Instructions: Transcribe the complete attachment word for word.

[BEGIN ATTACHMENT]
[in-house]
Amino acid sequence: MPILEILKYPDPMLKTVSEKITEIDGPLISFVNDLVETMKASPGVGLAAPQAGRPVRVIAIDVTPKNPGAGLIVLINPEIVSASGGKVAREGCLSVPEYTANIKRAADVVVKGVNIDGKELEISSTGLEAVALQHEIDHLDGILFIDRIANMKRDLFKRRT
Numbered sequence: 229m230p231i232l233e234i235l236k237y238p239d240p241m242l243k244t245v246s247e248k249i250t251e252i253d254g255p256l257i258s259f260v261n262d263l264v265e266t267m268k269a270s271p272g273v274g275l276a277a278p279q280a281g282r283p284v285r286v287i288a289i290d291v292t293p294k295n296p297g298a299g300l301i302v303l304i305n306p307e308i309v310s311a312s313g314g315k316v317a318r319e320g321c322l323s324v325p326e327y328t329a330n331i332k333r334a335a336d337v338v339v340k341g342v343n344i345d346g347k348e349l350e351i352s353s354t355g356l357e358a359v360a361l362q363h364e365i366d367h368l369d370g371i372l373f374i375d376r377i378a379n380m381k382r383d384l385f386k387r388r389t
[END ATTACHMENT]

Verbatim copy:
[in-house]
Amino acid sequence: MPILEILKYPDPMLKTVSEKITEIDGPLISFVNDLVETMKASPGVGLAAPQAGRPVRVIAIDVTPKNPGAGLIVLINPEIVSASGGKVAREGCLSVPEYTANIKRAADVVVKGVNIDGKELEISSTGLEAVALQHEIDHLDGILFIDRIANMKRDLFKRRT
Numbered sequence: 229m230p231i232l233e234i235l236k237y238p239d240p241m242l243k244t245v246s247e248k249i250t251e252i253d254g255p256l257i258s259f260v261n262d263l264v265e266t267m268k269a270s271p272g273v274g275l276a277a278p279q280a281g282r283p284v285r286v287i288a289i290d291v292t293p294k295n296p297g298a299g300l301i302v303l304i305n306p307e308i309v310s311a312s313g314g315k316v317a318r319e320g321c322l323s324v325p326e327y328t329a330n331i332k333r334a335a336d337v338v339v340k341g342v343n344i345d346g347k348e349l350e351i352s353s354t355g356l357e358a359v360a361l362q363h364e365i366d367h368l369d370g371i372l373f374i375d376r377i378a379n380m381k382r383d384l385f386k387r388r389t